HIGHLIGHTS - Bank of England's Carney speaking in Scotland
EDINBURGH Jan 29 (Reuters) - Bank of England Governor Mark Carney spoke to business leaders and to media after making a speech in Scotland. Below are highlights of his comments.
ON A CURRENCY UNION WITH SCOTLAND
- Asked if a currency union was too difficult, he said: "I didn't mean to suggest that, I merely meant to underscore what the core issues were and then I would suggest that it is the responsibiliy of the parties to outline how they would address those issues. Either refute those issues as issues or outline how they would address those issues and then others can judge whether those proposed arrangements would be successful."
ON BOE AS LENDER OF LAST RESORT FOR INDEPENDENT SCOTLAND
- "That is one of the issues that would need to be determined ... The short answer is I can't answer the question, It's not for us to say."
SCOTLAND'S CAPACITY TO HOST LARGE GLOBAL FINANCIAL INSTITUTIONS
- "There is a financial system here that is substantially larger than Scottish GDP ... and the banking system specifically."
- "It brings back the importance ... that we - whether in Scotland, the United Kingdom, Europe, the U.S., Canada - have to end too-big-to fail, and we have to finish these various reforms that are being worked through the FSB and G20 this year."
- "However, even with doing that, there are residual calls on the national balance sheet through the central bank. An indirect link becomes very much a direct link, because banks tend to hold the debt of their home country, at least in a substantial portion, and that needs to be taken into consideration."
- "Others will judge about the sustainability of that, and I'm not going to provide you a conclusion on that issue."
- "In terms of sterling, in general we avoid commenting on the level of the currency or providing commentary on the currency."
- "We would expect some pass-through of sterling strength to help reinforce other forces that were helping to create a more benign inflation environment - more benign not totally benign - and they include global disinflationary pressures."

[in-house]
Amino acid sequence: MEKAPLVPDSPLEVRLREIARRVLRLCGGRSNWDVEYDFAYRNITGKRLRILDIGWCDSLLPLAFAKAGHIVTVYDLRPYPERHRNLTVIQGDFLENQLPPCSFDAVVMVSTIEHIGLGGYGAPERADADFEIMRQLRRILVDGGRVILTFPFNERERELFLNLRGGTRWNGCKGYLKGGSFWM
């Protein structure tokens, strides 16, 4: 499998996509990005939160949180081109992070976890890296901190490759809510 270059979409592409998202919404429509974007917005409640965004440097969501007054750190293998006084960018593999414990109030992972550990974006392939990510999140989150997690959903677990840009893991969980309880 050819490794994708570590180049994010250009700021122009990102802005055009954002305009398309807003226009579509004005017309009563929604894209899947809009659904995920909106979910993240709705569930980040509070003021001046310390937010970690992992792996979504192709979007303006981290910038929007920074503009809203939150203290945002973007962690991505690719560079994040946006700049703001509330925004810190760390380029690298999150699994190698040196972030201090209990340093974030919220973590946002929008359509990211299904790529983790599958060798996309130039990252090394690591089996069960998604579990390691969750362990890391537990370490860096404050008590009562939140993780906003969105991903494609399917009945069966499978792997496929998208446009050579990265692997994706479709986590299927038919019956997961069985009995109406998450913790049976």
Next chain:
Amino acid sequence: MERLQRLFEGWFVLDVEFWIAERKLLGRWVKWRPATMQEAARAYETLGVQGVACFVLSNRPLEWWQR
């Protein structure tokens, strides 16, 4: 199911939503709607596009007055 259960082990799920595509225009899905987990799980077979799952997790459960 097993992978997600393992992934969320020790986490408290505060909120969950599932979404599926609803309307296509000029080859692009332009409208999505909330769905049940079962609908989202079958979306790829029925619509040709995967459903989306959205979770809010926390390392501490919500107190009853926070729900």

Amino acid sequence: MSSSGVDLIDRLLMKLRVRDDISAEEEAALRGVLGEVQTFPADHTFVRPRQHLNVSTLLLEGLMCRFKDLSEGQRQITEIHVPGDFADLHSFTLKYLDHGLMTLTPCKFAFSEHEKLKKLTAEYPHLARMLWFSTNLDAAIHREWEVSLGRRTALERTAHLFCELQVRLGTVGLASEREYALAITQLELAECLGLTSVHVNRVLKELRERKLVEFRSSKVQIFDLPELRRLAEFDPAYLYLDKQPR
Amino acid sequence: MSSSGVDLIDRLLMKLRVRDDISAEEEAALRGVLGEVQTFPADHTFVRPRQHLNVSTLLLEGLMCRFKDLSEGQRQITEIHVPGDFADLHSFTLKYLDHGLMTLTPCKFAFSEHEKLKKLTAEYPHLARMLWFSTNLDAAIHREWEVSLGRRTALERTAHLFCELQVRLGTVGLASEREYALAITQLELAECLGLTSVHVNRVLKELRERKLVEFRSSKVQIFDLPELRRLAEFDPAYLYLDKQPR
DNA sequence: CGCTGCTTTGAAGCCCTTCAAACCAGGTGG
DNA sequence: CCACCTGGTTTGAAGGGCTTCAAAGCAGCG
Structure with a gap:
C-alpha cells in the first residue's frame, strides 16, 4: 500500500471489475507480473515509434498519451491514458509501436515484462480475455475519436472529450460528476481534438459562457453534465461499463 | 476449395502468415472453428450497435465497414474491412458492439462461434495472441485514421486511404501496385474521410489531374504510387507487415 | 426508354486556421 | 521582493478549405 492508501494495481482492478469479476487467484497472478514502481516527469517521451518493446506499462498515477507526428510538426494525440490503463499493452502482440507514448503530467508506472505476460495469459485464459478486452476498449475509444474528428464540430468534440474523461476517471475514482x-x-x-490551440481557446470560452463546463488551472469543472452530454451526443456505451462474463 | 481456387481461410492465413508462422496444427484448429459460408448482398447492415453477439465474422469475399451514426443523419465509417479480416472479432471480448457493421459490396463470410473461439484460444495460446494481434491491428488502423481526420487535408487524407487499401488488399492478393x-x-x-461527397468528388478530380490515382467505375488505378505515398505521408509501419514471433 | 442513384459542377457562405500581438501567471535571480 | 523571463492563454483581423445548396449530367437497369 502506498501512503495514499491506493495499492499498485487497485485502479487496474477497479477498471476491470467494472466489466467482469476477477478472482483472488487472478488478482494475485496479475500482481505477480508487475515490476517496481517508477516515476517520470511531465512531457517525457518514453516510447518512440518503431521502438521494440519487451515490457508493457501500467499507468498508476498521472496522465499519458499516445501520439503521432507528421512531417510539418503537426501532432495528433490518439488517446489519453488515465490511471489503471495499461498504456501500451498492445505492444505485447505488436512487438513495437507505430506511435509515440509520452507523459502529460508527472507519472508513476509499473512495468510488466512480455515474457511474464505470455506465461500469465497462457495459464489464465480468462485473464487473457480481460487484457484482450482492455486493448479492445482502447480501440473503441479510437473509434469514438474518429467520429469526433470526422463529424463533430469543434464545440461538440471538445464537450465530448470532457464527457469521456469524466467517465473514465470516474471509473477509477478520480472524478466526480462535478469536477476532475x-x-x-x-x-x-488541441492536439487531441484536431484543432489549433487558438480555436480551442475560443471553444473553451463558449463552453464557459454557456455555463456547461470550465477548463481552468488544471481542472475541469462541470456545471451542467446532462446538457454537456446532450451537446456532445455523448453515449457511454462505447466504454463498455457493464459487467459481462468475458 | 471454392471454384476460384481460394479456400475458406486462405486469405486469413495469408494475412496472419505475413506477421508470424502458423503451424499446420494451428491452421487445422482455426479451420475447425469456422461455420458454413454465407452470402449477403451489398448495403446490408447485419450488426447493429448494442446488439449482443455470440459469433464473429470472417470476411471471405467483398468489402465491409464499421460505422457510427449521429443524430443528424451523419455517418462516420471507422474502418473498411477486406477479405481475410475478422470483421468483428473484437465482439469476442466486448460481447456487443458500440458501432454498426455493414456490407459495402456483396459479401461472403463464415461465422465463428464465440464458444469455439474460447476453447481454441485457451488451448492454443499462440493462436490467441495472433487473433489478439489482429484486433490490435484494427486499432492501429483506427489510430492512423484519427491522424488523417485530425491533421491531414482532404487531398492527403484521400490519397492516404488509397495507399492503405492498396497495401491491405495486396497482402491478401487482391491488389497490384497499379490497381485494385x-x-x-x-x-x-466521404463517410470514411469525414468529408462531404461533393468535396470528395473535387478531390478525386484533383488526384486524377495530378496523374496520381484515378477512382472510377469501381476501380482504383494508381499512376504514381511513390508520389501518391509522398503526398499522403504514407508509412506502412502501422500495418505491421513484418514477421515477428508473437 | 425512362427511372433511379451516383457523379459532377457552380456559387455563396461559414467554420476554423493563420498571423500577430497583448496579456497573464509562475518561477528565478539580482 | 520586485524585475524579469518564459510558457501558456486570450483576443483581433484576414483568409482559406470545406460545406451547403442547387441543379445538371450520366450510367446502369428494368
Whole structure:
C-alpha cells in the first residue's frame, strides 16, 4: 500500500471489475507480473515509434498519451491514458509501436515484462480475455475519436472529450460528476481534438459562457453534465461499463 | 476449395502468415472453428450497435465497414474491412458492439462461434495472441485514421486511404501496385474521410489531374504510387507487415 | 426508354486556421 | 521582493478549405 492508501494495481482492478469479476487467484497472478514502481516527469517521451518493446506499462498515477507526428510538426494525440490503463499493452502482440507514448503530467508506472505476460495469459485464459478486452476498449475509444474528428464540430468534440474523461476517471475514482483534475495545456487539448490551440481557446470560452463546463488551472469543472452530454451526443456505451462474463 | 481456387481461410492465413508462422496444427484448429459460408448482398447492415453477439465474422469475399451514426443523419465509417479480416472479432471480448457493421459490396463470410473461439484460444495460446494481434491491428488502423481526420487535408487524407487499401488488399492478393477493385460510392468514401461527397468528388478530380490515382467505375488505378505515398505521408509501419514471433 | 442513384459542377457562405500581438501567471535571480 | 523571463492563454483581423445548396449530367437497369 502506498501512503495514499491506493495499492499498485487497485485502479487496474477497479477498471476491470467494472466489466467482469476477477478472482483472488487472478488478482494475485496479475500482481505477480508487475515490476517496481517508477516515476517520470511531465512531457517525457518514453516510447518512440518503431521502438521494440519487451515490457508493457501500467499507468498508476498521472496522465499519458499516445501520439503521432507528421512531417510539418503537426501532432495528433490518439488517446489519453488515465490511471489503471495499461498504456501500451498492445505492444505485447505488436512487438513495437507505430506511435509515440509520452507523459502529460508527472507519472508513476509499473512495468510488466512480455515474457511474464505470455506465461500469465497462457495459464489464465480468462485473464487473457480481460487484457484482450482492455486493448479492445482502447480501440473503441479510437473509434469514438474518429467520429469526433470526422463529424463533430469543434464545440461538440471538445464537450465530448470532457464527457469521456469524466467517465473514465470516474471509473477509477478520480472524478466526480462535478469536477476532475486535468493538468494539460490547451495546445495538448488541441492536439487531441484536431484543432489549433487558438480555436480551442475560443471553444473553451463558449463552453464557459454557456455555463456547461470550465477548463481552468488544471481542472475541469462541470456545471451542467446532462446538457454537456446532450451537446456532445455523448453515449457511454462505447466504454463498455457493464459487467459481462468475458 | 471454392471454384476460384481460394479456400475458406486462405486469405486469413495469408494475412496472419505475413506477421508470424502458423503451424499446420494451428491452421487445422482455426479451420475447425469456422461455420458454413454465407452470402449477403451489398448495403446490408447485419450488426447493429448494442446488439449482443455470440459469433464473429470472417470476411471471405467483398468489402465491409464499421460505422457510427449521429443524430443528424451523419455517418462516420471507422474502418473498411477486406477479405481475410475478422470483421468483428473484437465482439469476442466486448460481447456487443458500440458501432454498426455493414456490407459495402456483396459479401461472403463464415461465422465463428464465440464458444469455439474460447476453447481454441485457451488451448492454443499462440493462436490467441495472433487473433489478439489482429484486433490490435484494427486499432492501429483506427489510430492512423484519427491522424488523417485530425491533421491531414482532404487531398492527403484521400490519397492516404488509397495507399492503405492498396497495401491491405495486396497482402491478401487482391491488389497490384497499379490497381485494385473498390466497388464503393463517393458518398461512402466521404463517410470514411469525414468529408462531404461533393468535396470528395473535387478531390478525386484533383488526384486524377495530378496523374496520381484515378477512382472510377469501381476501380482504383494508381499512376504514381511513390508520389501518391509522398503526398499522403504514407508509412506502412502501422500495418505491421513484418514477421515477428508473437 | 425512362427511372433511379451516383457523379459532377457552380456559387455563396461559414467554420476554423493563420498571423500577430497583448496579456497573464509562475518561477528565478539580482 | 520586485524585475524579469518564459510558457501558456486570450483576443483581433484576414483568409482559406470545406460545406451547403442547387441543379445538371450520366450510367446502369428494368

- "Price movements in the euro zone, in the U.S. are quite weak and commodity prices as a whole... have been weaker than the recent past."
- "So it's within a context of providing some dampening to the inflation outlook."
- "That leads us to expect that the pace of consumption - growth, the pace of household spending as a whole including housing investment - will gradually slow over the course of the coming quarters which makes it that much more important that we see investment pick-up and ultimately exports picking up."
- "It's incredibly important what happens in the U.S.. There are some real similarities in the stance of monetary policy - in the strategy of monetary - between the UK and the U.S.."
- "We are not continuing with asset purchases, so that's different as a tactic, but the general question is how much slack is in our economies, and to what extent can highly accommodative policy encourage sustainable demand to pick up some of that slack."
- "We provided for the first phase of forward guidance, we used the 7.0 percent unemployment threshold to give businesses in Scotland and across the UK a confidence that we weren't going to premature withdraw monetary stimulus."
- "The MPC has signalled that we don't see any need for an immediate adjustment to that policy, and we will provide further thinking on guidance in the coming weeks."
- "But I will say, one last point .., that while the market has had a different view on when the unemployment threshold was going to be achieved, and the market view has been closer to the base case forecasts of the bank, the market has clearly taken in that 7 pct is a threshold and not a trigger."
- "And in fact market expectations of when we would raise interest rates are still in 2015, and the first quarter of 2015, which is consistent with that."